Delayed Bacillus endophthalmitis due to delayed diagnosis of metallic intraocular foreign body: a case report

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Sophie Z. Gu, MD
Omar Moussa, MD
Weijie Lin, MD
Meera Ramakrishnan, MD
Stanley Chang, MD


Missed intraocular foreign body may lead to devastating complications, including endophthalmitis. Post-traumatic endophthalmitis is most often due to Staphylococcus aureus or Bacillus cereus. Bacillus endophthalmitis is a fulminant infection that leads to substantial vision loss within 24-48 hours.
A 22-year-old man presented with sudden painful loss of vision in the left eye. He reported being hit with a chunk of concrete while hammering 11 days previously. He had been evaluated previously by three different ophthalmologists who noted subconjunctival hemorrhage, corneal abrasion, vitreous hemorrhage, and a small choroidal rupture. On the day of presentation, he was found to have no light perception (NLP) in the left eye, high intraocular pressure unresponsive to topical and intravenous medications, and anterior chamber inflammation. Angle structures were not visible on gonioscopy given corneal edema; anterior chamber depth appeared similar to the fellow eye based on the Von Herick method. Ultrasound revealed choroidal detachment. A facial x-ray and computed tomography scan revealed a 4.5 mm metallic foreign body in the left vitreous cavity. The diagnosis of endophthalmitis secondary to metallic intraocular foreign body was established. Over the course of a few hours, his iris color also changed from blue to brown, thought to be secondary to either early siderosis or pseudo- rubeosis, and he developed a hyphema. The patient underwent vitreous sampling, intravitreal injection of vancomycin and ceftazidime, and washout of the anterior chamber. Removal of the intraocular foreign body was aborted given poor visualization. Vitreous culture was positive for Bacillus thuringiensis. Patient eventually underwent enucleation.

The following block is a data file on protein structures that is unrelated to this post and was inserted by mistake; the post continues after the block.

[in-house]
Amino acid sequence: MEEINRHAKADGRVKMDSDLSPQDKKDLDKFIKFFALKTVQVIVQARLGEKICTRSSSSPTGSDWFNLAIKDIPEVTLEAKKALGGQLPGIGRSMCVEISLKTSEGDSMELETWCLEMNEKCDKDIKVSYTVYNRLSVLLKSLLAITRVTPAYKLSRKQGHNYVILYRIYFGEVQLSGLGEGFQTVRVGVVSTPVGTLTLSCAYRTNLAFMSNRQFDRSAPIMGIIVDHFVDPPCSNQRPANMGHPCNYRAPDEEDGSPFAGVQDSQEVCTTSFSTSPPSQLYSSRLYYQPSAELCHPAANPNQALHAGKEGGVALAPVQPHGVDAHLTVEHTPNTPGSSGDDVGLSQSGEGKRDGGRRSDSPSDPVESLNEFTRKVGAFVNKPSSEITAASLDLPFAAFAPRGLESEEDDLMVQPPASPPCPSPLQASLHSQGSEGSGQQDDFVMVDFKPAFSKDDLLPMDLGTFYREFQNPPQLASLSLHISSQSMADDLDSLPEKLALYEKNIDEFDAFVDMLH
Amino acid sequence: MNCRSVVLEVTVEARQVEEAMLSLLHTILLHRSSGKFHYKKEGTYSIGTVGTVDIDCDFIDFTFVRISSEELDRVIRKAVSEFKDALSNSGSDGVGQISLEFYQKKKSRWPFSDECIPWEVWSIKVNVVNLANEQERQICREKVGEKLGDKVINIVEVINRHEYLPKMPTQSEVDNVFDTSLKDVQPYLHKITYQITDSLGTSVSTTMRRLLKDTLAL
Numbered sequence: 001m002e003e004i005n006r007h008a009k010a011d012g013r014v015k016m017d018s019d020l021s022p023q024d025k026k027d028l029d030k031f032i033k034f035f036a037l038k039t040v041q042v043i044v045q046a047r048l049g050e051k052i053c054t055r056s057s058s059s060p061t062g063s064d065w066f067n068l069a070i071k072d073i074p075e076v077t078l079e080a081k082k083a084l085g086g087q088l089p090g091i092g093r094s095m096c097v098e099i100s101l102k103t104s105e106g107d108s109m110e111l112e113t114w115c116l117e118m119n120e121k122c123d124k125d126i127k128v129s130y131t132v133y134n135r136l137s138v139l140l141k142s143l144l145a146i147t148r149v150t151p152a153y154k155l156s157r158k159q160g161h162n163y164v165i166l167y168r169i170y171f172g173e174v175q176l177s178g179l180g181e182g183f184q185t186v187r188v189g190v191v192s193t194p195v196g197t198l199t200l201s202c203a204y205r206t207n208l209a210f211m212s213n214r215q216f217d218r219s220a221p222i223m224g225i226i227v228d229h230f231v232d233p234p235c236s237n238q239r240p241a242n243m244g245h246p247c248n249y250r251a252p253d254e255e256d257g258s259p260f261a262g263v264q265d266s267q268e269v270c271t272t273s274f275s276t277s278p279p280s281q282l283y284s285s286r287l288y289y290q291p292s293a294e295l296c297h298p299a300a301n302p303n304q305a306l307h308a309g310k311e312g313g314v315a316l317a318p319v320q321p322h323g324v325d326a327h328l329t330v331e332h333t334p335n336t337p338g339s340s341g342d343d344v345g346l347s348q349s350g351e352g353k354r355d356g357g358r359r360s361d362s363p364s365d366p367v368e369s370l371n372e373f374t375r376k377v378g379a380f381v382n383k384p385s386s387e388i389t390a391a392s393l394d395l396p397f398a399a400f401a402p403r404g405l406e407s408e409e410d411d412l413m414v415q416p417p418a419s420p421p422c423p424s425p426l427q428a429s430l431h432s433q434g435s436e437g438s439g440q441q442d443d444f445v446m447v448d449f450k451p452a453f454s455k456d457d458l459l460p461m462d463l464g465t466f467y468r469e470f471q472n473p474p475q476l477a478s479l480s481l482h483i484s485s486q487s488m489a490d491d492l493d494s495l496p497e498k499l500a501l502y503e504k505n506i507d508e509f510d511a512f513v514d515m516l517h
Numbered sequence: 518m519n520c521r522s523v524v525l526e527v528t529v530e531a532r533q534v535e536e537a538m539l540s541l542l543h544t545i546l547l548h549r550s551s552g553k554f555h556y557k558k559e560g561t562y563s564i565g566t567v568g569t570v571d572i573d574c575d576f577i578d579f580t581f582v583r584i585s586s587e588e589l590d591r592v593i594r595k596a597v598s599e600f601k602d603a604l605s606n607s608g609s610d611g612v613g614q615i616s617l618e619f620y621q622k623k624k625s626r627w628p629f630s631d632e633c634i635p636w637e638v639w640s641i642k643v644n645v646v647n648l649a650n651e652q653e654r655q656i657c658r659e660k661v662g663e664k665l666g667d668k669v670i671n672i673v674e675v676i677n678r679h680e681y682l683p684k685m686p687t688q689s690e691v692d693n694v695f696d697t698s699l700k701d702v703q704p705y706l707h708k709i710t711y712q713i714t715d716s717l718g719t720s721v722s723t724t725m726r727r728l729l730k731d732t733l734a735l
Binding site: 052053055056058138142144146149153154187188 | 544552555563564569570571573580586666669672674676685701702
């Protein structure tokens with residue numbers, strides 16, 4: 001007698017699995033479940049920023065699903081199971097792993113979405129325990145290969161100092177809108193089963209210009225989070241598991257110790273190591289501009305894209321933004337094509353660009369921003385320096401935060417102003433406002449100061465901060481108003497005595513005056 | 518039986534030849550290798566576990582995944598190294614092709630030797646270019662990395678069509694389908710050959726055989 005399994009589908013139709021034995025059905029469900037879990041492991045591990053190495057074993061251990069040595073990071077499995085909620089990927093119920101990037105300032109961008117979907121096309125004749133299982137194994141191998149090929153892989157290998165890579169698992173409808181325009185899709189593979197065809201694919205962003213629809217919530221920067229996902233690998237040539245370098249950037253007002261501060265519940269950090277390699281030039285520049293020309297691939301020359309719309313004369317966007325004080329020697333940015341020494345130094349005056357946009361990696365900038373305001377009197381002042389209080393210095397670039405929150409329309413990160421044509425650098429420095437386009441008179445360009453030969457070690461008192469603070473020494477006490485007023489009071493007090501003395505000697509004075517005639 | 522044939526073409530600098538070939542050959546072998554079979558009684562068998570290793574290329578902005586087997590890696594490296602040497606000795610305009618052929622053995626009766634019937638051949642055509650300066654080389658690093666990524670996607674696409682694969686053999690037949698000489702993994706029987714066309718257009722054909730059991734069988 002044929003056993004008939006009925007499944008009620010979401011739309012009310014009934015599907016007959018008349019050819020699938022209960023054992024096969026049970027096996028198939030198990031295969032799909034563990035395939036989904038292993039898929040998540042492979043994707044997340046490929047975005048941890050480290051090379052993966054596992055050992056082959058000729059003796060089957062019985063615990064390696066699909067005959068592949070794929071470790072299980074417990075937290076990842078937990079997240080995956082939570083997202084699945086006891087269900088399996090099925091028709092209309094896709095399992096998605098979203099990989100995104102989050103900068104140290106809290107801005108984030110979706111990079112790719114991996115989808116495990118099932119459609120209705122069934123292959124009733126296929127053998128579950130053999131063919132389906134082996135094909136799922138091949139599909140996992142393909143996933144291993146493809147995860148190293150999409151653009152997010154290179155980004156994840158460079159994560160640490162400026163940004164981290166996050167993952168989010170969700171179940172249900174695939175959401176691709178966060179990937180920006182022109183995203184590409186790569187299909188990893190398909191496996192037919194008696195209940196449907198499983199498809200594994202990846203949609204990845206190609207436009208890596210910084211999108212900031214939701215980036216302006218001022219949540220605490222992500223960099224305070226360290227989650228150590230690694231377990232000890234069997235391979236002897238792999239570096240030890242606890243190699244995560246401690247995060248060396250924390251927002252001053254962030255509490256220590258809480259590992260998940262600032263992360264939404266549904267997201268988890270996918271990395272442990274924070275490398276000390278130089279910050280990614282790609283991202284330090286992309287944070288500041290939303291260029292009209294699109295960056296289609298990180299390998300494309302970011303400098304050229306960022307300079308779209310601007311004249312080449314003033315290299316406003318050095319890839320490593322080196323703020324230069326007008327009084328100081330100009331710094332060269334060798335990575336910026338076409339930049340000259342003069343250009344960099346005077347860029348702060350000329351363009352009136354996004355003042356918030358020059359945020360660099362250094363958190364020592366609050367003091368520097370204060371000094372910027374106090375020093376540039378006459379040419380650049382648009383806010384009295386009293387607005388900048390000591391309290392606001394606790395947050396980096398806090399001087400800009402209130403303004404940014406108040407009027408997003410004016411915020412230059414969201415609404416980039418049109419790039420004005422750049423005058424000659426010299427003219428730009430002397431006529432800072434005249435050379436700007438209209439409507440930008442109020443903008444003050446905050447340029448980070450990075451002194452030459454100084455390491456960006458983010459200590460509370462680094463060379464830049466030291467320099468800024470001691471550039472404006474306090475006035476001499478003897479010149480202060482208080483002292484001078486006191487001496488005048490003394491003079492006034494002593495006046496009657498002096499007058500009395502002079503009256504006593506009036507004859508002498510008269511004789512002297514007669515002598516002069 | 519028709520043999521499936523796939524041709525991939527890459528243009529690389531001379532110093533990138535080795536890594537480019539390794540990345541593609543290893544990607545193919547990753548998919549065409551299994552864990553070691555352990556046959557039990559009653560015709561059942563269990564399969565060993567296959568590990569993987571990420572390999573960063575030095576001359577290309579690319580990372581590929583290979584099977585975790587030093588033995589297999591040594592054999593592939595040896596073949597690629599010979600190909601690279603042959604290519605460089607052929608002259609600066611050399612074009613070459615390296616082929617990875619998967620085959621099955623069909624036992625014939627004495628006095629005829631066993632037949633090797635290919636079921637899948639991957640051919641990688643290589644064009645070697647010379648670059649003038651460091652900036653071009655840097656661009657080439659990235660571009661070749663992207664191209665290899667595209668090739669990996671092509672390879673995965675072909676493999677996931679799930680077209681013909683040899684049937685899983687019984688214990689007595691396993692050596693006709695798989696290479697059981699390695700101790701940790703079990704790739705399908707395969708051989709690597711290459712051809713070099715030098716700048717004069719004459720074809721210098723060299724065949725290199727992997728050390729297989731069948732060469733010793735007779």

This is a case of delayed Bacillus endophthalmitis presenting 11 days following penetrating trauma due to missed intraocular foreign body. This case highlights the importance of investigating for an intraocular foreign body in patients presenting with suspicious mechanisms of injury and indirect signs of penetrating trauma.


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How to Cite
Gu SZ, Moussa O, Lin W, Ramakrishnan M, Chang S. Delayed Bacillus endophthalmitis due to delayed diagnosis of metallic intraocular foreign body: a case report. Digit J Ophthalmol. 2024;30. Accessed July 21, 2024.